In a Nutshell
In 2007, internet kingpins Google unveiled their latest creation: Google Street View, a revolutionary new service which gave web users the ability to view 360-degree panoramas of streets all over the world. It’s just too bad that MIT invented the exact same thing in 1978.
The Whole Bushel
In 1978, a team at MIT (the Massachusetts Institute of Technology) began work on the Aspen Movie Map, a computer program which allowed people to take a virtual tour through the streets of Aspen, Colorado.
With funding from ARPA, the team was able to outfit a car with four 16mm cameras — as well as an optical sensor which triggered the cameras to take a picture every 10ft — and drive this through the city. Filming could only take place between the hours of 10am and 2pm, in order to avoid discrepancies in lighting between filming sessions. Meanwhile, the drivers of the car were careful to stick to the centre of every street, so that when the footage was pieced together the driving lines weren’t broken up.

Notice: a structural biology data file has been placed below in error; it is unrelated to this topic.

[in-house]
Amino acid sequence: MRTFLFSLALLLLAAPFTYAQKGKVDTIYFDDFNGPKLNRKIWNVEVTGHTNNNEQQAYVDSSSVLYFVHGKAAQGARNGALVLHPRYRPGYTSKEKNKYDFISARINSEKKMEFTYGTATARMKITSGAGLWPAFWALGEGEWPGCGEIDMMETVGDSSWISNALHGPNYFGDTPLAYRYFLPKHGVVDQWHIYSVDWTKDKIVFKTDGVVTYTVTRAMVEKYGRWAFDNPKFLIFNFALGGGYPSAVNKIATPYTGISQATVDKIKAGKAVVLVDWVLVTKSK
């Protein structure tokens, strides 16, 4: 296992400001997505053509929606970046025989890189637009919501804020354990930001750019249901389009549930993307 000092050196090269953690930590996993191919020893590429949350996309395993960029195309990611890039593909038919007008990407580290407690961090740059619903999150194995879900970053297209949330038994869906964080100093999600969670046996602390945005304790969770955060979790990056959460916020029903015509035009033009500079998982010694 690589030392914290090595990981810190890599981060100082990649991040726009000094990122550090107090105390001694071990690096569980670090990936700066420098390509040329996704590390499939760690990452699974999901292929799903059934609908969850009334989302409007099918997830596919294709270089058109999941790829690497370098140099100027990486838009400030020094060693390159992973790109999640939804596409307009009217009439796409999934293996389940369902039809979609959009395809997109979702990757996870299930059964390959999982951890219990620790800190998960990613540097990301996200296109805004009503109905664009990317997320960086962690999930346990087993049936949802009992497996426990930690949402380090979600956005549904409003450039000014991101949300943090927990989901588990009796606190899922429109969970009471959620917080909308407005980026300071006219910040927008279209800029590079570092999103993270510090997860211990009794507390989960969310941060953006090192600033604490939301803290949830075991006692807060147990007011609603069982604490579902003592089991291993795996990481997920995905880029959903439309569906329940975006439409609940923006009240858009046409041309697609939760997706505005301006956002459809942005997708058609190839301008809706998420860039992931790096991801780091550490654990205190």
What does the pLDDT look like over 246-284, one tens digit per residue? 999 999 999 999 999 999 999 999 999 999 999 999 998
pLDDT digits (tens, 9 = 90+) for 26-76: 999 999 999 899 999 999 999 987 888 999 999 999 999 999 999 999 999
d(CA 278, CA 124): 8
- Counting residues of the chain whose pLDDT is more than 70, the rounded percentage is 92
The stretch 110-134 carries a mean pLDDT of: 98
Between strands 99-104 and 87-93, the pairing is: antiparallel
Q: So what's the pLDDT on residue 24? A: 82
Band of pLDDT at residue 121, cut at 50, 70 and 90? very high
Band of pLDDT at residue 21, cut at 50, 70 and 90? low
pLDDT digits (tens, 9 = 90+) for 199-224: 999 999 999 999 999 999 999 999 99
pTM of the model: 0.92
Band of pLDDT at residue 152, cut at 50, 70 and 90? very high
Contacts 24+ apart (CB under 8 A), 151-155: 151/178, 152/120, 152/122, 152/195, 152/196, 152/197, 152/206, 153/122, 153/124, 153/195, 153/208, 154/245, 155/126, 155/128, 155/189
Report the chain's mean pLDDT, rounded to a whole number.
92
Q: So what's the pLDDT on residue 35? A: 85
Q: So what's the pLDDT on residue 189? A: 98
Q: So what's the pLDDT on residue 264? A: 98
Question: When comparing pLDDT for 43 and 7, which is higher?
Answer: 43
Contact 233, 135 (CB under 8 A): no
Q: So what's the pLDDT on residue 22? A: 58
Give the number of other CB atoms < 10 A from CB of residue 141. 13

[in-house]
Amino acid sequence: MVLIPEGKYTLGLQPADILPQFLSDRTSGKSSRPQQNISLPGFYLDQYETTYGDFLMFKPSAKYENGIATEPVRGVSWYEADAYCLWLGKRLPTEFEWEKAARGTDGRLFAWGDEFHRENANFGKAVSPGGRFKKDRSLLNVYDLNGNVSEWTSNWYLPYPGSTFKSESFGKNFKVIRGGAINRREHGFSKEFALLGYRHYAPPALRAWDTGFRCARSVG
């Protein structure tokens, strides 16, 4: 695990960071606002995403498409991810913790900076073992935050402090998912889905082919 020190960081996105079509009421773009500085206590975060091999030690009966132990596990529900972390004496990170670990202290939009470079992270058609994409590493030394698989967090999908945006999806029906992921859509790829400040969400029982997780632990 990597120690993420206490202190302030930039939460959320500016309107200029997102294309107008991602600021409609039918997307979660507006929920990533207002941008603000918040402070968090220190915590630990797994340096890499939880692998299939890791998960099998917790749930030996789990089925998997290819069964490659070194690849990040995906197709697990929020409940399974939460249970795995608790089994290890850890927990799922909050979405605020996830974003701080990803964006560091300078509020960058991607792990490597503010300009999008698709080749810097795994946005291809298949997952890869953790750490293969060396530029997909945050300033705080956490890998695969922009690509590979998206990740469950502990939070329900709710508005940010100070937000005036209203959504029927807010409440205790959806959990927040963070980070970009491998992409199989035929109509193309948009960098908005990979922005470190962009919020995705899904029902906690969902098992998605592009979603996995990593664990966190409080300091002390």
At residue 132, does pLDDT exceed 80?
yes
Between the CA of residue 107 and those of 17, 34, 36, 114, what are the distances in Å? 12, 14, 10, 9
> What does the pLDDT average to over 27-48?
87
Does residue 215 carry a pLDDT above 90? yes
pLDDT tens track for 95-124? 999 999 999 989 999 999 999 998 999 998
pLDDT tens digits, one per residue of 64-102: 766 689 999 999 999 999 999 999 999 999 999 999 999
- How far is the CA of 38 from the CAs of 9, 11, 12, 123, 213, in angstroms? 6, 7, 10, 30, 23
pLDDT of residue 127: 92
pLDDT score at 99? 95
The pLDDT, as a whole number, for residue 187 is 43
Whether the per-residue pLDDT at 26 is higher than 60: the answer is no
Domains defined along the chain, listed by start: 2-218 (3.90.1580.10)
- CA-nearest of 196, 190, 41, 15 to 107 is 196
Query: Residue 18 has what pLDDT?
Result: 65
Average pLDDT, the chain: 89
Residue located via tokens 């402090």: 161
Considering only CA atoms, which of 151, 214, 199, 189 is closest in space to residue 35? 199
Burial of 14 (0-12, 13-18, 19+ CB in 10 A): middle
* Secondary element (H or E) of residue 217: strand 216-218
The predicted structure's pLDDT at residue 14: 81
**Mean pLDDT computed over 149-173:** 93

Back in the lab, the footage was transferred to laserdisc and then mapped to a two-dimensional plan of Aspen, in order to create the final three-dimensional product. The interface of the Aspen Movie Map would be instantly familiar to users of Street View; via an on-screen control panel, users were able to make their own way through the city, choosing any route they liked, all whilst exploring the streets from four directions. In case any users got lost during their tour, there was a city map overlaid on the horizon which indicated their current position and allowed them to navigate to more familiar territory.